If all samples are constructive on the degree expected, they might then take pure wheat flour and check it to be certain they don’t get false adverse results with an over abundance of contaminant. Also, finished products must be periodically checked (each batch if produced on shared gear or each few months if not) by way of third celebration labs utilizing CODEX/AOACRI permitted methods.

What are the restrictions of utilizing a LFD to check food for gluten?

Manufacturers using LFDs should remember that these checks:

  1. Are qualitative methods used to display for specific proteins or compounds.
  2. Require two antibody binding websites to be present on the gluten protein or peptide so as for the methods to detect gluten. If only one antibody binding website is present (as will be the case with extremely hydrolyzed foods and components) than no sandwich complicated may be shaped and no check line will probably be seen and a false destructive outcome can be reported.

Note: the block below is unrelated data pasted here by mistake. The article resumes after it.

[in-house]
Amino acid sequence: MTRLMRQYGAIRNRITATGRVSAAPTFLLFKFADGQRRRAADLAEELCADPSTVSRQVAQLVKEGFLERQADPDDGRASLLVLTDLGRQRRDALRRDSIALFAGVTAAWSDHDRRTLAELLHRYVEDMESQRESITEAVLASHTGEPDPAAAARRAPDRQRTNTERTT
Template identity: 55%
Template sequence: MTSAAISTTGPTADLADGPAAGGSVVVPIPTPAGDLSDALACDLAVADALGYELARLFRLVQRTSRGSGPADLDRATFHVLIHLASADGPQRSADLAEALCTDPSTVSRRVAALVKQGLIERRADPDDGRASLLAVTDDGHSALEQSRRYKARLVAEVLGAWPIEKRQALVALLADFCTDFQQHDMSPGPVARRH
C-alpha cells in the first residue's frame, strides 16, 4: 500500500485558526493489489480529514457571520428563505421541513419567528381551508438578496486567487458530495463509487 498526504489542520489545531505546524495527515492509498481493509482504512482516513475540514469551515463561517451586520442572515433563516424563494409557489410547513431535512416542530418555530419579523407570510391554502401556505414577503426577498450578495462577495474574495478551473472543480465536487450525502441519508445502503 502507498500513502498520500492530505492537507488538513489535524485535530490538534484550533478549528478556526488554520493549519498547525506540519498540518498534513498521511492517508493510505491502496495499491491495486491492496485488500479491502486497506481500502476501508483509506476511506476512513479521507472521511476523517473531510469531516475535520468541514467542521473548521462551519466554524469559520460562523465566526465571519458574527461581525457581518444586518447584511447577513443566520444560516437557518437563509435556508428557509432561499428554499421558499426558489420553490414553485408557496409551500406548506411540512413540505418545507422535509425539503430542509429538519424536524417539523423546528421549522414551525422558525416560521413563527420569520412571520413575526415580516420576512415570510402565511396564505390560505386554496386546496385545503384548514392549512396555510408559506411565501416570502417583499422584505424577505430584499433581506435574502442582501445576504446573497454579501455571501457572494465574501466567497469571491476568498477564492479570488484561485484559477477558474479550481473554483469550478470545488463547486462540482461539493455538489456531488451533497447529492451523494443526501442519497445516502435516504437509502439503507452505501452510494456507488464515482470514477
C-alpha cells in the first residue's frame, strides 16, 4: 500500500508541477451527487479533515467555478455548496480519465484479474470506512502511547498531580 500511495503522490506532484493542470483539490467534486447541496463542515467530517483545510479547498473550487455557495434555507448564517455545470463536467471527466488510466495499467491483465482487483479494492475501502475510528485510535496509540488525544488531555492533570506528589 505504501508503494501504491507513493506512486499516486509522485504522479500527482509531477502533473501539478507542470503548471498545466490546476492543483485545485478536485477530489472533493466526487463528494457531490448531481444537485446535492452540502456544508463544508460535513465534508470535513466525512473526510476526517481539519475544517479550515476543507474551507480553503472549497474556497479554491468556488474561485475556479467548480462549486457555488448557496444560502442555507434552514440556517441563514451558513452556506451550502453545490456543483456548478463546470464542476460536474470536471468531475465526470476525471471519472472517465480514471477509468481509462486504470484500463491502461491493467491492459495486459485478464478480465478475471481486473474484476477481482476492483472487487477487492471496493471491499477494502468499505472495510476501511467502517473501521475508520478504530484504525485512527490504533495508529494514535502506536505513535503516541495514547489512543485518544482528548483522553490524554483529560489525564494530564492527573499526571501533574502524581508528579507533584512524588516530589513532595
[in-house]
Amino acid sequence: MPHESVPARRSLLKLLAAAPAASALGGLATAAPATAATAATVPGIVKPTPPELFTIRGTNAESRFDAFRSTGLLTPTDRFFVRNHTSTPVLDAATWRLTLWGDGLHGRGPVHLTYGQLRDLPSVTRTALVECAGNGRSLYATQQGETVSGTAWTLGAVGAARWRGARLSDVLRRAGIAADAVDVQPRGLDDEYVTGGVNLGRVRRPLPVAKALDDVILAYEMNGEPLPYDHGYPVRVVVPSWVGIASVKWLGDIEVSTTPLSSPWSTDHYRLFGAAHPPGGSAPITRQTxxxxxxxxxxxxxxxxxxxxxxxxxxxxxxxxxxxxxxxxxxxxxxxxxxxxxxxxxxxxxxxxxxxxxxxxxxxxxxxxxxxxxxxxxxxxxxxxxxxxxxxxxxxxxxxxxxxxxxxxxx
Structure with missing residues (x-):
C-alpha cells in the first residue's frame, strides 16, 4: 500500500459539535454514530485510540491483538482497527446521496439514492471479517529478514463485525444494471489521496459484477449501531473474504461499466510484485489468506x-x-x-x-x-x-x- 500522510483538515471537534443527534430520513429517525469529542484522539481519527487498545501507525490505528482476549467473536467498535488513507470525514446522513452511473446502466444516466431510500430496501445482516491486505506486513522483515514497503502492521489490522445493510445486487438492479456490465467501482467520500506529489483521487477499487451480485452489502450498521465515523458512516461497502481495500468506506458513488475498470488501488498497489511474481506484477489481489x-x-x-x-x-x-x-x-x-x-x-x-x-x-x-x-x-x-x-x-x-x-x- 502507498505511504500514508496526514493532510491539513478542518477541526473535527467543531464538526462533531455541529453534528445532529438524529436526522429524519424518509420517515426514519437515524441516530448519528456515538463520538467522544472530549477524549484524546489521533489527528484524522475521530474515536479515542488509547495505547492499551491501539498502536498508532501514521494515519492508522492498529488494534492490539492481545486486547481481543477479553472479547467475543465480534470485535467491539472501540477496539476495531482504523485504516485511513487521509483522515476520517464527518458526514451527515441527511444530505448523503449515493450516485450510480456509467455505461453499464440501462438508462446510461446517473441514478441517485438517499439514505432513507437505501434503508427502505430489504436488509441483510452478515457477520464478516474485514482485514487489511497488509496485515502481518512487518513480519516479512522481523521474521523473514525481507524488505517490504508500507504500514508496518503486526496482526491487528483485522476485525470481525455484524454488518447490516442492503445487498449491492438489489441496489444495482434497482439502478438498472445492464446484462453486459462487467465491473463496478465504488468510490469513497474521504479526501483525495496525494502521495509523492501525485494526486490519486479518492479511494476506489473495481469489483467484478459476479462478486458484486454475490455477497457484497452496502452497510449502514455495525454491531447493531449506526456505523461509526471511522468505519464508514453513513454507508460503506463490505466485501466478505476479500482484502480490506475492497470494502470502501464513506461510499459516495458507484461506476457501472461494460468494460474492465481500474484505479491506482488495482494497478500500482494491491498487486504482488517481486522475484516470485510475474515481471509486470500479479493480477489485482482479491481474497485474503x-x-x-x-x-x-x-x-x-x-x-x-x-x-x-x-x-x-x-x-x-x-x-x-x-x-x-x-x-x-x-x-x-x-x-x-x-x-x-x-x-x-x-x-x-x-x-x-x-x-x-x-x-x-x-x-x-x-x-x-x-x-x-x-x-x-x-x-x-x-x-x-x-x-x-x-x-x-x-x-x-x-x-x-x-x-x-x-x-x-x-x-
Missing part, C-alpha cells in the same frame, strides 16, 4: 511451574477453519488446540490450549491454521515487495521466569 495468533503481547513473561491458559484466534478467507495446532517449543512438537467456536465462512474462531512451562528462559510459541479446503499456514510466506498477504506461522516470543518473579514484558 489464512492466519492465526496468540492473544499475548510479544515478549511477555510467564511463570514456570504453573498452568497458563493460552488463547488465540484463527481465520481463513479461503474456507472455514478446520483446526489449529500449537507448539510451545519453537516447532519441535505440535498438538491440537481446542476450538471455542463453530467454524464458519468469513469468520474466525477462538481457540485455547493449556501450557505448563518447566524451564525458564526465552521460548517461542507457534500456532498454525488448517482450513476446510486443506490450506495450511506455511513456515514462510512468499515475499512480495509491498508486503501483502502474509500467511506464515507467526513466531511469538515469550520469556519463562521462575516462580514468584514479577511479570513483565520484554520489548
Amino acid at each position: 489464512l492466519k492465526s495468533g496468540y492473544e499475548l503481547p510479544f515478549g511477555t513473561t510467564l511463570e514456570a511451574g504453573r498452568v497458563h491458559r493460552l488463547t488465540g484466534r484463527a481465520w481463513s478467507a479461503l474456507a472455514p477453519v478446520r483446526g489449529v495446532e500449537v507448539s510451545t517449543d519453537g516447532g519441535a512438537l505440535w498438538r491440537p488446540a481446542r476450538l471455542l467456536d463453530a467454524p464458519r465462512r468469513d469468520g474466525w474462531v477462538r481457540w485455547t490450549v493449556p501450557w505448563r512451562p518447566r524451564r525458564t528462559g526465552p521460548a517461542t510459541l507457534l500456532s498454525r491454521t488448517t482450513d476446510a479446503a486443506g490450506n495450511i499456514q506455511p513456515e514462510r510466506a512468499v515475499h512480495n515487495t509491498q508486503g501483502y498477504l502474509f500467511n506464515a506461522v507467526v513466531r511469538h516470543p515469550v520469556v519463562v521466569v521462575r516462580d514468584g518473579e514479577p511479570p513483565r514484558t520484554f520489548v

3. Are only meant for detecting hint amounts of protein. When more than trace amounts are current, false unfavorable results might occur.
  4. Should never be used for finished product validation in and of themselves. Solely a totally validated technique corresponding to ELISA or PCR or HPLC must be used for validating completed products.

Should shoppers use LFDs to check products for gluten?

Consumers usually shouldn’t use these units for residence use because of the acute variance in meals merchandise–each LFD must be validated for each specific product. Why? The burger they make at residence shall be totally different from the burger they get at McDonalds. The fats content shall be totally different. The salt content will probably be totally different. The sauces shall be totally different. All of these variables may make one burger suitable with the LFD and the other not. Something as “innocent” as a pinch of salt or a bit of vinegar may be all it takes for an LFD to produce a false damaging or false constructive outcome. For many shoppers it’s impractical or unimaginable to validate each product they might want to check before they really check it.